• How can businesses optimize business processes?
• How can businesses reduce the unbalanced load of those driving the O2C cycle while maintaining workload equilibrium?
To make automation faster, enterprises first need to analyze their processes. Automation may strike you as an overwhelming solution, but adoption can be seamless if planned well. The first step is to number the drawbacks of the current O2C cycle, and the problems faced in executing it.
You can get the information to do so from the following:
• The workforce driving your company’s O2C
• Clients’ experience with enterprise
• Logistics teams
These drawbacks determine the areas of improvement and highlight pain points in the process, making it easier to find the appropriate automation solutions and providers to solve enterprise issues. Plan out the desired degree of automation.
Automation is a widely applicable solution, impacting every section of the enterprise. However, the most urgent need for automation is in process digitization. The most strenuous and tedious part of this process is updating data and apprising the concerned team for the smooth flow of the process.
Target points for necessary improvements
Decision-makers need to ascertain the degree of document automation to be implemented based on some of the following considerations:
• Drafting the flow of internal information and documents: Every enterprise follows protocols to validate or approve documents at each stage of the O2C process. Moving documents from one department or person to another in the hierarchy must be clear.
• The validation and verification process required for each document type: Not all documents require the same type of authentication. Some, like purchase orders and invoices, need digital signatures from the concerned authority, while others, like delivery notes, may need a notification when updated in your system. Hence, clarity over the systematic process flow and level of authentication should be taken seriously.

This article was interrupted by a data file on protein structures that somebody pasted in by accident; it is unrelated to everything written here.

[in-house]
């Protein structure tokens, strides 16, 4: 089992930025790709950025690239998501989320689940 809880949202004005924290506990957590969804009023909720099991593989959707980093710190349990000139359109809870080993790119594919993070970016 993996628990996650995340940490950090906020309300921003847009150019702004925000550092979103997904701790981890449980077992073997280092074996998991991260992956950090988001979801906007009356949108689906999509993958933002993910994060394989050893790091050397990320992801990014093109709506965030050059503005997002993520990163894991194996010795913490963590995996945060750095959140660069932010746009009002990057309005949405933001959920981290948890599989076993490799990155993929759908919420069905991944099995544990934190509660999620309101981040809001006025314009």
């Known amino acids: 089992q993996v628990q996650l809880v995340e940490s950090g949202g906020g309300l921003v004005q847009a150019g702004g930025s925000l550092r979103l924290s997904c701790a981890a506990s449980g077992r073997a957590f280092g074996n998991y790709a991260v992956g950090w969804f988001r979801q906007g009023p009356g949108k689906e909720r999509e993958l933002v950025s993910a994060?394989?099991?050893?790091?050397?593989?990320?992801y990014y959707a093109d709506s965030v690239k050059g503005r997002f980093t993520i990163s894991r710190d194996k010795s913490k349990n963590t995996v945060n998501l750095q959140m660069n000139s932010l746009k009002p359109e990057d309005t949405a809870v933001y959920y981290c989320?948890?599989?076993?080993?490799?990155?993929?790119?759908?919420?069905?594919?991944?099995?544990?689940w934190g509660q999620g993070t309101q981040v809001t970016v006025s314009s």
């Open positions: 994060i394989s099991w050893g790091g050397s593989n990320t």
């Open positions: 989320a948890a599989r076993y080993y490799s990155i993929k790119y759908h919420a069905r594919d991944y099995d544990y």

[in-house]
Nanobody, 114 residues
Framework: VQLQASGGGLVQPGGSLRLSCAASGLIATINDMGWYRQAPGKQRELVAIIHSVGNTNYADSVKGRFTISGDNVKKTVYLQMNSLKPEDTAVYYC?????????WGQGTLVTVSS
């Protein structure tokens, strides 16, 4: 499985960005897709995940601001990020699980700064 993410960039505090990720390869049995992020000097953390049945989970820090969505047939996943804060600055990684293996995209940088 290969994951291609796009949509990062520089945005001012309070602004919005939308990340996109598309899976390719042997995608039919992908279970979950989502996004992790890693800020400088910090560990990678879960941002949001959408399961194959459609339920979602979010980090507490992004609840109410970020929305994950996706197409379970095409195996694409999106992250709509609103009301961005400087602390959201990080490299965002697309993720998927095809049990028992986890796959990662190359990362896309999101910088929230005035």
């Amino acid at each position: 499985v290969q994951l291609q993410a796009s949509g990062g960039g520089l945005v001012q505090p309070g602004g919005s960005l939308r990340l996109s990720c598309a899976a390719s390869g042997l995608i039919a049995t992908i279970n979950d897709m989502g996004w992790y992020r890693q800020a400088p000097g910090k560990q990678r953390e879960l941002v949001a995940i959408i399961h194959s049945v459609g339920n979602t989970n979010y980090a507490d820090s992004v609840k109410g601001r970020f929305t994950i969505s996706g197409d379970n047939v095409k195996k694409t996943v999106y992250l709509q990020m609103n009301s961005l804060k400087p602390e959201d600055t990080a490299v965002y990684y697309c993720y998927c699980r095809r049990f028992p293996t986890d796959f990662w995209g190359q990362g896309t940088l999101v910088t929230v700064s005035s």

• The hierarchy involved in the document cycle: Determining the validation level and flow of documents before sending them to the customer is essential when automating any process.
• Employee locations and the number of people working remotely: Companies have a workforce spread across multiple locations, each with a unique requirement. Hence, automation systems need to fulfill these requirements for smoother company functions.
• ERP used: Can the automation solution easily integrate with your existing set-up without significant disruptions?
• Workforce data accessibility, monitoring, and need: With automation, keeping the data restricted to the concerned workforce is essential. The automation process should also allow you to monitor workforce access and each department /employee’s sanctions for faster discovery of any issues and mistakes.
• The mode of electronic data interchange and the level of security needed for its transmission: It is necessary to ensure data security, regardless of how the data flows within and outside the company.
• Willingness and ability of the workforce to adapt: It is advisable to adopt automation incrementally to keep the pace of work intact and provide sufficient time for employees to understand automation and electronic data interchange within and outside the company. Your first step towards digitization will work best if it is less disruptive.
Creating a road map for an easy transition
The wiser plan is to take order-to-cash process automation implementation in stages, starting with more straightforward solutions, even restricted to one process or department. This allows the workforce to gauge and analyze the level of adoption required and the time. The organization’s “road map” should help them determine the following:
• The specific O2C cycle process to be automated
• Time required for adoption and training
• Buffer time required for adjustments and seamless implementation
• Schedule of the next process to be automated
• Analysis of potential changes in ROI (return on investment) and DSO levels
• The level of efficiency the workforce stands to achieve after automation.